1. Specify the desired dimensions.

  2. Click outside the chart in the worksheet to deselect.

9.7 Chart Title

When you create a chart, the title appears by default above the chart. You can simply select the text and type the title you want. You can also hide the title or change its location.

Task 9.5 File: Bakery_Chart.xlsx

  1. Open the file.

  2. Select the chart.

  3. Choose Chart Design > Add Chart Element (group Chart Layouts) > Chart Title.

Figure 9.8: Options chart title.
  1. Choose Above Chart.

  2. Double-click the title text Chart Title]{.uicontrol} and replace it with your own text for example [Sales Bakery.

  • Selecting None removes the chart title.

  • You can move the chart title using the well-known drag method.

  • You can format the title by selecting it, then right-click and choose Format Chart Title.

Task 9.6 Faster method

  1. Select the chart.

  2. Click the Charts Element button next to the chart and you’ll see a list of chart elements.

  3. Check Chart Title and the title is immediately added to the chart.

Figure 9.9: Selecting and deselecting chart elements .
  • When an arrow is visible next to the chart element, this gives access to a drop-down menu with further options.

  • The elements present in the graph are checked. By removing the check mark you remove the element from the chart.

If possible, this faster methode will be used in the following tasks.

9.8 Legend

A legend is a box that identifies the patterns or colors from the data series in a chart. By default, if applicable, the legend will be shown at the right. The legend can also be removed or dragged to another place.

Task 9.7 File: Bakery_Chart.xlsx

The button Chart elements gives you accessto the following legend options:

  • Right
  • Top
  • Left
  • Bottom
  • None (by deselecting)

And just like the chart title, you can drag a legend and format it.

Experiment with the possibilities.

9.9 Axis Titles

Axis titles are titles along the horizontal and vertical axis and help you to understand what the data is about.

Task 9.8 File: Bakery_Chart.xlsx

The button Chart elements gives you accessto the following options for Axis Titles:

  • Primary Horizontal
  • Primary Vertical
  1. Add titles for both axis.

  2. Change the horizontal title in Time.

  3. Change the vertical title in sales (x 1000).

9.10 Data Labels

Data labels are numbers at the data points that show the actual values for the data points.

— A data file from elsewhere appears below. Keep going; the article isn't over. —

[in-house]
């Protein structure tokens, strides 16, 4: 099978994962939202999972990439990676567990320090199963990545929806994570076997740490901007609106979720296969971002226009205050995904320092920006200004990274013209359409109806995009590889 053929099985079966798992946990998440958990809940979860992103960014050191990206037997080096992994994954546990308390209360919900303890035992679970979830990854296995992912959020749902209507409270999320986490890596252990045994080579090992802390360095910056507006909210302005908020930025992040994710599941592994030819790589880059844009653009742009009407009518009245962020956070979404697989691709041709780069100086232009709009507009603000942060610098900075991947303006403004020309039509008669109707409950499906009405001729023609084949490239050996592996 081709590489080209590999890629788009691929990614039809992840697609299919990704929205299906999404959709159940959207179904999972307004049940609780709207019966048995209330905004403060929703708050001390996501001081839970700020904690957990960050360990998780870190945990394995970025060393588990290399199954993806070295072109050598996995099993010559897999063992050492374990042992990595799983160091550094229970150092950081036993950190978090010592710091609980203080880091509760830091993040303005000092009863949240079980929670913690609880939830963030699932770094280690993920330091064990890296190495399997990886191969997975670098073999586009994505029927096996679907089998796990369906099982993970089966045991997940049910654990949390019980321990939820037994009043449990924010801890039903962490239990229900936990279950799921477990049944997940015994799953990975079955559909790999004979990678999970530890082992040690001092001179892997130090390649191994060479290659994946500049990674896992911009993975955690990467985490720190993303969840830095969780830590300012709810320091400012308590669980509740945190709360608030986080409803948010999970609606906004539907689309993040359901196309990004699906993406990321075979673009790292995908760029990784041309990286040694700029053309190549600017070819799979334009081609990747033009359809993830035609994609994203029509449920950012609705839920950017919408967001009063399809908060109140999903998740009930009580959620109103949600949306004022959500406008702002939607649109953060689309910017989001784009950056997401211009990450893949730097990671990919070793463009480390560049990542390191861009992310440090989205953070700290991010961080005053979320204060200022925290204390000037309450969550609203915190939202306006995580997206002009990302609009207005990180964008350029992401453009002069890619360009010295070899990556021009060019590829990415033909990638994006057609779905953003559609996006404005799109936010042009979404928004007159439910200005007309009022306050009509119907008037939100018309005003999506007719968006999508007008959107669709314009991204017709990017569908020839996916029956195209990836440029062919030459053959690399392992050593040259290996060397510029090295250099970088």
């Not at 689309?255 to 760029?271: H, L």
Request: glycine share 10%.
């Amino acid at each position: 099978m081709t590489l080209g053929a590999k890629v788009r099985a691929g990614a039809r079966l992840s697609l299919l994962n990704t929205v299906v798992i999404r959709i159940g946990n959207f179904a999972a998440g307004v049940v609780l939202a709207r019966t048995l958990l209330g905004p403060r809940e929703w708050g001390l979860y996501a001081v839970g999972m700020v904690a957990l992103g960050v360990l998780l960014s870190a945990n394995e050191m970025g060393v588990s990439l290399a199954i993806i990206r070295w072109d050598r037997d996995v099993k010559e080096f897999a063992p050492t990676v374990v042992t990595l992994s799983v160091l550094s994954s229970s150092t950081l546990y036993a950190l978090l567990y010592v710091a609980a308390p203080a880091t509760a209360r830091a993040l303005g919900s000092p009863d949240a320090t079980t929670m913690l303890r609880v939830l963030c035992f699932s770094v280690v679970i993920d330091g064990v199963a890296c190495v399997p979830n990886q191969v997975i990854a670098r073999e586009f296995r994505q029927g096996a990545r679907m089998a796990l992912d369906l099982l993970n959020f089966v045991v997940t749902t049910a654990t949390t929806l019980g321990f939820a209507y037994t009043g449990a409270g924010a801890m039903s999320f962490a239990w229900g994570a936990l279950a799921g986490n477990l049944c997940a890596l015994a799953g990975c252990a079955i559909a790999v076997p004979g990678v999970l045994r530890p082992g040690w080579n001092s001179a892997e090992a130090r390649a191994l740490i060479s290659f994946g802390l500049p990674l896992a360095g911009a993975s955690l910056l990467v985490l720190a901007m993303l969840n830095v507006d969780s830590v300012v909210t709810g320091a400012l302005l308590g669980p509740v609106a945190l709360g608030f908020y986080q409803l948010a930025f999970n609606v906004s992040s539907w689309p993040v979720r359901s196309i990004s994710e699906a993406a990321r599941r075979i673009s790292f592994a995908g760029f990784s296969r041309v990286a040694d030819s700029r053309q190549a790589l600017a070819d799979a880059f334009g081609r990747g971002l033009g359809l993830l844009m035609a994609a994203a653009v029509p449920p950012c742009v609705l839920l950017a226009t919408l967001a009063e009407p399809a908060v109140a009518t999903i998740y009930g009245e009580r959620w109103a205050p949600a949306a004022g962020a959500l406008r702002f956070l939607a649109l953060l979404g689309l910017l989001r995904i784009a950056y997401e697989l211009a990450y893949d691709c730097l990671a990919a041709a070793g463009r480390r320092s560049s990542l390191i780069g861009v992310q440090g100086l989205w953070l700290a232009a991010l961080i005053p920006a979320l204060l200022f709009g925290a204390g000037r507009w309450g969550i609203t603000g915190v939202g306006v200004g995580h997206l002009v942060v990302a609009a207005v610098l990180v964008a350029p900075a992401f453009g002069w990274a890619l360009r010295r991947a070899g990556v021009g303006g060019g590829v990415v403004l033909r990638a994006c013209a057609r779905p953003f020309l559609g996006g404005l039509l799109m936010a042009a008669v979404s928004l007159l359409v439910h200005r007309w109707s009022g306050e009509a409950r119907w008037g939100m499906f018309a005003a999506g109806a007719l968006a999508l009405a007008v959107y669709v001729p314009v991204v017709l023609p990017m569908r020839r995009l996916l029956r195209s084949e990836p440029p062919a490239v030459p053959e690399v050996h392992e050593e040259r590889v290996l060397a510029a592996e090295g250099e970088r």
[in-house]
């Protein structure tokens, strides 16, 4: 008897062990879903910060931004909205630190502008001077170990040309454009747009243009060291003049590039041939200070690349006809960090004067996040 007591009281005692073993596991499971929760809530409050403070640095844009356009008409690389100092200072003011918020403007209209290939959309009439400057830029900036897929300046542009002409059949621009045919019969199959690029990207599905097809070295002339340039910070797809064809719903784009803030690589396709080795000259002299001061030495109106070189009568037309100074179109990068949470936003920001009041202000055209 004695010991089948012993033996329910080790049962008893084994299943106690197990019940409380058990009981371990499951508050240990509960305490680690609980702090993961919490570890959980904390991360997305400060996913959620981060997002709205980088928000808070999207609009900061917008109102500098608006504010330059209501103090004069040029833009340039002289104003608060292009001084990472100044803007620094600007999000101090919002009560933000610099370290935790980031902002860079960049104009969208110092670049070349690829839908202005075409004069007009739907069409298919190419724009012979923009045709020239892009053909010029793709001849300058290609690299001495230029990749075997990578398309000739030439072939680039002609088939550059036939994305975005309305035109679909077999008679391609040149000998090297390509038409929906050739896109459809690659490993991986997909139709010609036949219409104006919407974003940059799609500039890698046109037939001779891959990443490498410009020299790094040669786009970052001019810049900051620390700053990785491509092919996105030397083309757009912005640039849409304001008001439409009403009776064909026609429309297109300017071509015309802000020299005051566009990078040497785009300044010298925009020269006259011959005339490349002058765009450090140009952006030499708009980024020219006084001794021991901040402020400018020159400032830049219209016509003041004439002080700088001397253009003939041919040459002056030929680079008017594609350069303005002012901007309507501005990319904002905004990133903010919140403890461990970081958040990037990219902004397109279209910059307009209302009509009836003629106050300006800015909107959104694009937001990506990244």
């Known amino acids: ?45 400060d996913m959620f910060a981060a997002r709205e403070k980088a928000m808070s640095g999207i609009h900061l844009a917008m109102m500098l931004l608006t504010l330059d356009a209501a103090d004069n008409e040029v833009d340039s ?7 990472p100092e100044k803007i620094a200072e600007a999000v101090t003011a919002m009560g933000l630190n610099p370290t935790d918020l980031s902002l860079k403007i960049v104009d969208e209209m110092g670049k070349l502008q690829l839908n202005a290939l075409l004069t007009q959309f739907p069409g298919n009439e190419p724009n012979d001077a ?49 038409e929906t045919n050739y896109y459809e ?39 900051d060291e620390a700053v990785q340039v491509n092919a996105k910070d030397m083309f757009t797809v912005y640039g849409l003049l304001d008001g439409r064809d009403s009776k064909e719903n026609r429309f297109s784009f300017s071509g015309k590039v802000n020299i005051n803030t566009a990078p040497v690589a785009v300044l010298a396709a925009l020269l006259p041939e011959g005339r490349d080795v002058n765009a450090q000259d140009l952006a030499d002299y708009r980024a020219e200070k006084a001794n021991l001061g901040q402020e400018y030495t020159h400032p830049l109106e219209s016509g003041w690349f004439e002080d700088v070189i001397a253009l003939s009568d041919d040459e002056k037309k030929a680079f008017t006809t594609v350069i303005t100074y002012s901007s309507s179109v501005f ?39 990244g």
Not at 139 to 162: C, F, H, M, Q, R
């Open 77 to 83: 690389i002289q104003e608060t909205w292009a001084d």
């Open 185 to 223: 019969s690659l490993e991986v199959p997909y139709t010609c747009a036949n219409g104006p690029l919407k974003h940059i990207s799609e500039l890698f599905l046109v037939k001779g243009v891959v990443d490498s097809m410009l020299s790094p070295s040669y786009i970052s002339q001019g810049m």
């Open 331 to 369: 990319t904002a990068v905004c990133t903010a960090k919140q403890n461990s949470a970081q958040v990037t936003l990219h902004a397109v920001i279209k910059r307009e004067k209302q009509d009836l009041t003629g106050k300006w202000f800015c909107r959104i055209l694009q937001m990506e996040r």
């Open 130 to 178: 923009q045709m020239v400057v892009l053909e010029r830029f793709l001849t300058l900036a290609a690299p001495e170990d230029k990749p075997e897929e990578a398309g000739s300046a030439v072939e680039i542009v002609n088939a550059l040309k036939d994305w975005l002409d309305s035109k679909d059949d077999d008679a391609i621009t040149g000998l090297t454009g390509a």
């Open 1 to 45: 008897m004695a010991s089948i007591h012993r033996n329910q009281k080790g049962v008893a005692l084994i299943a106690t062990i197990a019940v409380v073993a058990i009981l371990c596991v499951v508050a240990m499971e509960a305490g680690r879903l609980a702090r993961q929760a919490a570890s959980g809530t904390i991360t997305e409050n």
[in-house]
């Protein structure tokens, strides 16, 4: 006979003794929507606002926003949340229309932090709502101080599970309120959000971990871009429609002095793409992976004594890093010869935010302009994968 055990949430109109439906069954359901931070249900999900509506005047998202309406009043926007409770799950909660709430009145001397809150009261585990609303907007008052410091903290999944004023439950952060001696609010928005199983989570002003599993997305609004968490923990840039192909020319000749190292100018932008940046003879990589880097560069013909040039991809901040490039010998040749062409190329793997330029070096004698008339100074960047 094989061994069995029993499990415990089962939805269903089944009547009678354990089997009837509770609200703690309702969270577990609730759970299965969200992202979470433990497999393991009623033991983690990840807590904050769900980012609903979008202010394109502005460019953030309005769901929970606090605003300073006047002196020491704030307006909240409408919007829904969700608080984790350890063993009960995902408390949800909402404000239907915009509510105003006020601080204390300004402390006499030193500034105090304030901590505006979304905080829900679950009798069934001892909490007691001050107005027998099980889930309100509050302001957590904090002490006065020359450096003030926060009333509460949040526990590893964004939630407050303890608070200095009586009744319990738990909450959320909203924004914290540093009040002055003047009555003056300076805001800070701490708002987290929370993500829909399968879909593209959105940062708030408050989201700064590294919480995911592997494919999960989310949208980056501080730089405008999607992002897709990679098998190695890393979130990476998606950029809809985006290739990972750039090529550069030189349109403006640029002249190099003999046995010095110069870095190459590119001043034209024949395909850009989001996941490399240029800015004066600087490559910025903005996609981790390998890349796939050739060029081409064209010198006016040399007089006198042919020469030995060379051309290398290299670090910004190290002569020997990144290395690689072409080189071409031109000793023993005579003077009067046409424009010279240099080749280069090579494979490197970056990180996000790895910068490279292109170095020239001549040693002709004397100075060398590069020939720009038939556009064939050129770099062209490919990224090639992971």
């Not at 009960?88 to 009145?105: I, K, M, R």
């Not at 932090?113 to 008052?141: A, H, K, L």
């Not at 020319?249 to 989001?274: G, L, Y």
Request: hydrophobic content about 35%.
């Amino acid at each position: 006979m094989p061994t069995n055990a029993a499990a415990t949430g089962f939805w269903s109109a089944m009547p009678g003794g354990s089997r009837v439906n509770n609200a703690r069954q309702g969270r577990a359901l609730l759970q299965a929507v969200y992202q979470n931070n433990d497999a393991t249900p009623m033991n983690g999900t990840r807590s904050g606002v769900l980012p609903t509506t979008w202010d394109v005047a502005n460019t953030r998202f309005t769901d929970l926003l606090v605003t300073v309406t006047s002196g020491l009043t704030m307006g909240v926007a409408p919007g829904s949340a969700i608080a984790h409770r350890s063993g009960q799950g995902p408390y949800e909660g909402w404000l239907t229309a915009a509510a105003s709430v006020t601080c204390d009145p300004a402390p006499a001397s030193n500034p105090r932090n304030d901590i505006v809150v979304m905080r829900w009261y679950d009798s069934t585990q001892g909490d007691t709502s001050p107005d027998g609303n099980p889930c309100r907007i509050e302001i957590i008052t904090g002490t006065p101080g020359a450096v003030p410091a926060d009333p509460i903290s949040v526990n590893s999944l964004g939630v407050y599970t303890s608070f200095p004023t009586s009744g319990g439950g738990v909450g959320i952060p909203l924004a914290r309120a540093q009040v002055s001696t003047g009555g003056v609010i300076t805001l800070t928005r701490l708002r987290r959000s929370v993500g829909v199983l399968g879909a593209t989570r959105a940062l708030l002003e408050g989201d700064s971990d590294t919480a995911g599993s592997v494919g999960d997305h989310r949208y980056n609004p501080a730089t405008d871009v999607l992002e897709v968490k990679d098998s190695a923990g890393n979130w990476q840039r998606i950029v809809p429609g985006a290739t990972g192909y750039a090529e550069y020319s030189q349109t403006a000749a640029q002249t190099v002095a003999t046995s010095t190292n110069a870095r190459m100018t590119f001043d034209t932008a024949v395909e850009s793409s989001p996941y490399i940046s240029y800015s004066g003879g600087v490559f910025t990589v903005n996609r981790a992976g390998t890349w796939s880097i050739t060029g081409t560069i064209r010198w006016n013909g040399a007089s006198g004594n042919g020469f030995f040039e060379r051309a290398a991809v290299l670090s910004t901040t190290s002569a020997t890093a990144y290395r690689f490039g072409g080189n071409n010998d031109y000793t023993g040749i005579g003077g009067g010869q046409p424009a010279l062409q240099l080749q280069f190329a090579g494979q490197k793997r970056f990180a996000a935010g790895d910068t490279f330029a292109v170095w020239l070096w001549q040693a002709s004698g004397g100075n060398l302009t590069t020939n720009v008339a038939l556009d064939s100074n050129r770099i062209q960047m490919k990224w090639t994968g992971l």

Task 9.9 File: Bakery_Chart.xlsx

For data labels you have the following options:

Figure 9.10: Optionss for data labels.

Experiment with these options. In Figure 9.11) you see the display for the choice Outside End.

Figure 9.11: Data labels on the outside of the columns display the sales for that quarter.

9.11 Gridlines

Gridlines are horizontal and vertical lines extending from the axes across the plot area of the chart. Gridlines make the data in a chart easier to read. You can show gridlines for the major or minor intervals on the axes.

Task 9.10 File: Bakery_Chart.xlsx

For gridlines you have the following options:

Figure 9.12: Options for grid lines.

Hover the mouse over the options. With each option you immediately see the result in the graph.

9.12 Plot Area

The plot area in a chart refers to a rectangular area of the chart that graphically displays the data being charted. The plot area is the area bounded by the axes, It includes the axes but not the titles. You can format the plot area for example with a colored background and border.

Task 9.11 File: Bakery_Chart.xlsx

  1. Open the file.

  2. Select the plot area, right-click and choose Format Plot Area. The task panel Format Plot Area is displayed.

  3. Open option Fill and select Solid fill with a light grey color.

  4. Open option Border and select Solid line with a black color.

Figure 9.13: Plot area with a background and border.

9.13 Adding and Removing Data Series

It often happens that a new data series has to be added to an existing chart or that an already existing data series has to be removed. How you can do that depends on whether the data to be added or removed is directly related to the existing data set. You can easily see this by selecting a chart, the corresponding source data will then be marked in the worksheet with colored boxes.

New series joins the highlighted area
The data range can be expanded by dragging.
A series at the beginning or the end of the highlighted area can be deleted by dragging.
New series does not join the highlighted area
The dialog box Select data source must be used.

Both techniques will be used in this section.

Task 9.12 File: Bakery_Chart.xlsx

Add new 2011 data series by dragging

  1. Open the file.

  2. Add the new data for year 2011 in the area E1:E5 as shown in Figure 9.14).

Figure 9.14: Bakery turnover data supplemented for year 2011.
  1. Select the chart. The source data is selected on the worksheet showing the sizing handles.

Figure 9.15: Marked data source of chart.